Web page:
The point here is that differences in the characteristics of markets seem to dictate the availability of property portal data. As soon as we understood this we knew that our infographics series was only ever going to be skin deep and that we would probably get a few chastening emails from those not included in our series whose grievances we might not be able to verify.
Parochial Property Portals
As part of the research process for the series, I would always begin in any country in which I did not know the names of any portals by translating the following search and sticking it in Google:
“Two bedroom apartment (name of country’s second city) (name of major area of that city)”
Curiously, Google’s results for this very generic search often did not include results from the market leader. Even in Western Europe, a portal market I am relatively familiar with, finding the leading portals in Iceland, Norway, and Finland wasn’t straightforward. Was I getting the search terms right? Do all leading portals care that much that outsiders like me don’t know about them and can’t always find them with crudely translated Google searches?
Property portals are, with a few notable exceptions, parochial in outlook. It is telling that very few brands in established markets are successful in countries outside of their native market. Even monoliths with exorbitant profit margins and little room for improvement such as Rightmove or Zillow have not dared venture behind their countries’ borders. The expectation among many leading portals we came across throughout the series seems to be that anyone who might want to buy or rent a property in their country will already form part of a demographic into which their brand awareness campaigns have penetrated. Here property portals are something of a business rarity in that in many cases brand-awareness in their native market is close to 100% yet outside of that market, it can be almost null. There is a dissertation or thesis in there for a Marketing or Business student I’m sure.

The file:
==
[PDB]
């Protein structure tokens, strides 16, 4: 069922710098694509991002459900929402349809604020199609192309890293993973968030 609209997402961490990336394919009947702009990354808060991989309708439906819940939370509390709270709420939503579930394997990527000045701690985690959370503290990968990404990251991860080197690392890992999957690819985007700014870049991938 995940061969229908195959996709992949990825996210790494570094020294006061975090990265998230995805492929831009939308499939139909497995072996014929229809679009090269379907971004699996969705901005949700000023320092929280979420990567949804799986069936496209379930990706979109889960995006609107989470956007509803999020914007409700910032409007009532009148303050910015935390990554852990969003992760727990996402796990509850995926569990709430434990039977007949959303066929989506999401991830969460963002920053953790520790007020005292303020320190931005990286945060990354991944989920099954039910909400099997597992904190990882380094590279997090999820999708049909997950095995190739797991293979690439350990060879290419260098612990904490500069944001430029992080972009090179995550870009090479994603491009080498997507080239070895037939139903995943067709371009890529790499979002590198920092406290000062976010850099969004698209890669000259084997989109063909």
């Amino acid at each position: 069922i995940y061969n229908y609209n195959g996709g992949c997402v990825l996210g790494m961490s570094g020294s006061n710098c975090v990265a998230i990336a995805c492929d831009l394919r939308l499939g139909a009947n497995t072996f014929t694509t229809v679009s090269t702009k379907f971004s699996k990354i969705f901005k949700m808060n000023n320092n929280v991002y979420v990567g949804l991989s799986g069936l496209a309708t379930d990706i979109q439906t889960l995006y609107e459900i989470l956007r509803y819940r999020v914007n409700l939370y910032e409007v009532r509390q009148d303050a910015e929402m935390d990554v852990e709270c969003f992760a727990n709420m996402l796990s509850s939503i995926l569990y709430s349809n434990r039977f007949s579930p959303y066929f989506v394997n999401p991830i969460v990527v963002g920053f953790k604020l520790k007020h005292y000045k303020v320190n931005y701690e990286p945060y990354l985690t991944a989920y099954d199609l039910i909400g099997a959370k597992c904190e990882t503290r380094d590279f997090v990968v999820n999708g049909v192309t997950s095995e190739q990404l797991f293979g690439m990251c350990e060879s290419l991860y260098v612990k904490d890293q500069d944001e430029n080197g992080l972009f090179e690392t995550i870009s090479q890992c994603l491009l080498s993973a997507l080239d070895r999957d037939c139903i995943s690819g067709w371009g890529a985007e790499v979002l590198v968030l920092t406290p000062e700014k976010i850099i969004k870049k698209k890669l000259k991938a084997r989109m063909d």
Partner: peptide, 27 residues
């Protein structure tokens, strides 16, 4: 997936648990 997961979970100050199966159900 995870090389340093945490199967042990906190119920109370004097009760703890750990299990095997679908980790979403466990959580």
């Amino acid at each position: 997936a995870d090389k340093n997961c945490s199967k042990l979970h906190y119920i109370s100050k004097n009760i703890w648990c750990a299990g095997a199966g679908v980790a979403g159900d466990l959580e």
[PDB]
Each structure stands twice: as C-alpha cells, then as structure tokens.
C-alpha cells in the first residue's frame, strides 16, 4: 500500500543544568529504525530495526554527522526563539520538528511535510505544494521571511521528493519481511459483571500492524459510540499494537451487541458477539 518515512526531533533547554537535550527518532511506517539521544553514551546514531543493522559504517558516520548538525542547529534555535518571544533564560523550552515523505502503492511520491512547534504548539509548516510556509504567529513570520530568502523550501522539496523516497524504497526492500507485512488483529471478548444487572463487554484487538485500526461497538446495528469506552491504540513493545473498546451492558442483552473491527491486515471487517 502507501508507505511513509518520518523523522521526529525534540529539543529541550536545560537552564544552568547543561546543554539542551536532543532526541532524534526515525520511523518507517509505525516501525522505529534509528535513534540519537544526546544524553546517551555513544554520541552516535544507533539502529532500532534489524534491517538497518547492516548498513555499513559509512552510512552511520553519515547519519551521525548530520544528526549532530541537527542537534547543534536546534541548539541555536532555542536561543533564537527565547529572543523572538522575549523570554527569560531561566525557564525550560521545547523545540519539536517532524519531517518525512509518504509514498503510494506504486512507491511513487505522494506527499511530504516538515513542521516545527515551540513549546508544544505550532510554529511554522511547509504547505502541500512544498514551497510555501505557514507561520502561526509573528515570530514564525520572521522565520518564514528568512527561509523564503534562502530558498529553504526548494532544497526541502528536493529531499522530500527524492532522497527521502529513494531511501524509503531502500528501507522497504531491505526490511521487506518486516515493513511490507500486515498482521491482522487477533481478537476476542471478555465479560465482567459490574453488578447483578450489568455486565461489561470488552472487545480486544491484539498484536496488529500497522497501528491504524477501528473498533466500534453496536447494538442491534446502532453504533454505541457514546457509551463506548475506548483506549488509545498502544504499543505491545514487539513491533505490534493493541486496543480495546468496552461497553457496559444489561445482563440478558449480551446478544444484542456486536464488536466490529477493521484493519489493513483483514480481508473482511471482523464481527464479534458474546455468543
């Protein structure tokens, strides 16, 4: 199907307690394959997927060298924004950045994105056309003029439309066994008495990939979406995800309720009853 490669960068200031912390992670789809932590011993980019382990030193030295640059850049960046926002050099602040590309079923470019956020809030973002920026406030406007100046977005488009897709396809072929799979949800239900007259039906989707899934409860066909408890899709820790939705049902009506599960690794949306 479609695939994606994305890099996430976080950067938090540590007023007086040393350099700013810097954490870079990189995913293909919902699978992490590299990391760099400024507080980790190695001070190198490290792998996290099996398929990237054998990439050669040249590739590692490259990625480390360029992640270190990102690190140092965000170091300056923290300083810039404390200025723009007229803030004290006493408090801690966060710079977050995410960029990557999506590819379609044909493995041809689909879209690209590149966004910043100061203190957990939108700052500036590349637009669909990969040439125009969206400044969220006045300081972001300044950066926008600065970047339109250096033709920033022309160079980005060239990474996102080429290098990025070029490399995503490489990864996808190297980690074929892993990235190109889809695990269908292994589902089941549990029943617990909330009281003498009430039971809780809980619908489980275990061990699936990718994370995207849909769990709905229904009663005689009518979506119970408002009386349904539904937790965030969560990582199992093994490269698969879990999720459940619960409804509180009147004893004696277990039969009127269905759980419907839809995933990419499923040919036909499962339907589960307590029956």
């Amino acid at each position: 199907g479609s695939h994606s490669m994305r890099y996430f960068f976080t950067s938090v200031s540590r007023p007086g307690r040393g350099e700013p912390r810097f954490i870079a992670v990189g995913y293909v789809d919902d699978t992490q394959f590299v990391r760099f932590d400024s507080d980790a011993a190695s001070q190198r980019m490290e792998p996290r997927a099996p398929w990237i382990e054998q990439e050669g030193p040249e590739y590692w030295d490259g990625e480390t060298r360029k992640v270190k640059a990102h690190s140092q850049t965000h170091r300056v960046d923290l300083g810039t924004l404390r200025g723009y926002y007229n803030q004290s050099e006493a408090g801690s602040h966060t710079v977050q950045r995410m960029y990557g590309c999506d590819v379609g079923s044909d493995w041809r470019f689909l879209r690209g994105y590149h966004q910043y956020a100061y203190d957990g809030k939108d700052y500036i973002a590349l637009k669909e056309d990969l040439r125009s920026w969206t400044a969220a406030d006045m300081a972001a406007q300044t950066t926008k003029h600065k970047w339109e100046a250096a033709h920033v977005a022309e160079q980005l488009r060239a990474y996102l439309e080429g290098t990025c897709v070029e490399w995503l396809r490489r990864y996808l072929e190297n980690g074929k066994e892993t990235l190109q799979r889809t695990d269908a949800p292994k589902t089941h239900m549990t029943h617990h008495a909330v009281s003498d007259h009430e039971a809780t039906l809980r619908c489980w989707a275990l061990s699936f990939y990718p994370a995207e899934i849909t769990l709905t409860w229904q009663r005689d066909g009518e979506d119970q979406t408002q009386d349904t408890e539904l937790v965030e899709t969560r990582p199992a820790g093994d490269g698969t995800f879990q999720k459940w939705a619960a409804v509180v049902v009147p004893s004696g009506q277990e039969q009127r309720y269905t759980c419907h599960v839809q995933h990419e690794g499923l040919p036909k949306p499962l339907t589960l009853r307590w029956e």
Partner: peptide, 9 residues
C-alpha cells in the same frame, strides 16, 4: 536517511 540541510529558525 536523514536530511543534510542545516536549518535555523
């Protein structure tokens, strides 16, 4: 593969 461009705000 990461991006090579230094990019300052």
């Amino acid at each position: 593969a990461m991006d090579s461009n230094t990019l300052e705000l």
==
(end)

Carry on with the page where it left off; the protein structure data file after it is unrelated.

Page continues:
Community for Property Portals
Over the course of the series, we encountered quite a few bootstrapped property portals founded by locals (Ingatlan in Hungary and the above mentioned Nigeria Property Centre spring to mind), and we also found many which were founded or funded by non-natives. In an industry centred around most countries’ largest asset class in which there can be countless local intricacies and complexities, the question of whether a portal from Armenia, The Czech Republic or Angola might fare better with a native founder and without the capital from foreign investment funds is an interesting one and one which may take a great deal of research to understand.
One thing that did seem to leap out during the course of researching world property portal sites is that these companies can benefit from being part of a wide community of similar companies and the advice and insights that such a community can generate for their business.
That’s exactly what we’re trying to build here at Online Marketplaces. Whether you work for a property website in Cambodia, Uruguay or Belarus we want to bring you together with your peers. Come to our conferences, read our content, send us angry emails when we fail to include you on our infographics, it’s all good.